In “Song of Myself”, Walt Whitman toys with the comparison between god, the poet, and the man; all of which are interchangeable. His “I” is a general “I”, he is every man, every women, in every shape, color, and class. As the poet, he is the constant observer, chronicling every aspect of life, from east […] […]

Ben’s First Crazy Response to Whitman

There is a long-standing tradition in literary criticism that one should never assume that the voice something is written in is inherently the voice of the author or poet. That the writer always creates a persona through which he or she writes his or her work and although the speaker may claim that he and […] […]

Song of Caryn

This is the trill of a thousand clear cornets and scream of the octave flute and strike of triangles I play not a march for victors only…I play great marches For conquered and slain persons. I sound triumphal drums for the dead…I fling through my embouchures the loudest and gayest music to them, Vivas to […] […]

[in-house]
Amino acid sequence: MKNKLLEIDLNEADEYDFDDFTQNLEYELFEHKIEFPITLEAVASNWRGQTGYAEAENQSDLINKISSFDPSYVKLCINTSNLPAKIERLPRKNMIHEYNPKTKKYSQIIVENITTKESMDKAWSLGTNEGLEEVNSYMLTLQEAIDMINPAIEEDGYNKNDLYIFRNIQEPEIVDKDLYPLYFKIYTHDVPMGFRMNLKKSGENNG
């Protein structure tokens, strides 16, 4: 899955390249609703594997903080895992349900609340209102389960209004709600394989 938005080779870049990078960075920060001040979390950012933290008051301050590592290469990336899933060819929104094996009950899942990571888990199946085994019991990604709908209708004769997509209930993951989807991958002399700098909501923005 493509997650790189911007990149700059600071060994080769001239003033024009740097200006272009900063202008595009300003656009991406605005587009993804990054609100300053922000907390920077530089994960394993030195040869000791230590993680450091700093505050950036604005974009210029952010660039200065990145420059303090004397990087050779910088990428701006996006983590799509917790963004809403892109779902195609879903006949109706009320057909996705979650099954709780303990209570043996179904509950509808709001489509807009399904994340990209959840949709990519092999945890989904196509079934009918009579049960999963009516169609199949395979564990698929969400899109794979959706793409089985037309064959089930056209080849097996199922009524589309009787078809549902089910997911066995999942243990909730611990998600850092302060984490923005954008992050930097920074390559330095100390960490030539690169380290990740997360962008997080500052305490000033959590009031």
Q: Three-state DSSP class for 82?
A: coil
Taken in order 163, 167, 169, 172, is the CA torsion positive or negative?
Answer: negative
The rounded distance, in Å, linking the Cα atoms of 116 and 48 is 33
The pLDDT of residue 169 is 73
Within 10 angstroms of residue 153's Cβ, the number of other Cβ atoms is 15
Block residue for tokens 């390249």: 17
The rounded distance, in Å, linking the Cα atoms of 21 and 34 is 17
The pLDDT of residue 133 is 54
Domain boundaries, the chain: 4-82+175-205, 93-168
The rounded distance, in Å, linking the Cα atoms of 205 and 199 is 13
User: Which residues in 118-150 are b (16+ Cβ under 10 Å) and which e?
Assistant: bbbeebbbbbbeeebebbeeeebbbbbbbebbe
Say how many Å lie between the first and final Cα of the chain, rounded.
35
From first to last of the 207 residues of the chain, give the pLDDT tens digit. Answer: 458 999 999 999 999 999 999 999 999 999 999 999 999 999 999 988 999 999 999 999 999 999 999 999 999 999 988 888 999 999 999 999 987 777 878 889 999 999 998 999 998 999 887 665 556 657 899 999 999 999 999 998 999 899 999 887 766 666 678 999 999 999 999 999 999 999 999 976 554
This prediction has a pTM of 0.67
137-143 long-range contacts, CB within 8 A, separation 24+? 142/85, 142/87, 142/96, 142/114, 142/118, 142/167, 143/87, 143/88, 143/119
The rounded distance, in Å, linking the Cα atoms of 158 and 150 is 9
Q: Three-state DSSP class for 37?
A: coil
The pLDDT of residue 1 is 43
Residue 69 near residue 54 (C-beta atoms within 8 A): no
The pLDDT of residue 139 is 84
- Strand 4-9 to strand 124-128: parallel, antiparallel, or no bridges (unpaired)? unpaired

Sam Krieg for September 1 (Antebellum War Poetry)

After reading the fifty-six (!!) page biography of Whitman, I decided to focus this blog on the “tale of the jetblack sunrise,” on pages 66-67. What got me interested was the biography’s mention that Whitman’s poetry about war and death was (not surprisingly) drastically changed by his hospital work. However, since I’m still pretty […] […]

navigating the dashboard

This video explains how you can customize your WordPress dashboard and become a more efficient blogger! […]

Song of Virginia

Whitman’s frontispiece is one of aloofness. A type of aura extends beyond the picture and urges the viewer to read on because of the allure Whitman exudes. His facial expression almost seems like he’s thinking “think what you want about me, because I couldn’t care less”. That type of aura spellbinds me and makes me […] […]

Song Of Allison

What is commonest and cheapest and nearest and easiest is Me, Me going in for my chances, spending for vast returns, Adorning myself to bestow myself on the first that will take me, Not asking the sky to come down to my goodwill, Scattering it freely forever… I resist anything better than my own diversity, And breathe the air and leave […] […]

Allison For Sept. 1

What makes Whitman’s “Song of Myself” so jarring has nothing to do with his poetic syntax or clever word choice; what makes this poem worth reading, not just reading but consuming, is the insatiable life that emanates from it. The speaker of “Song of Myself” cannot be defined, touched, or contained. Never passive, utterly present, […] […]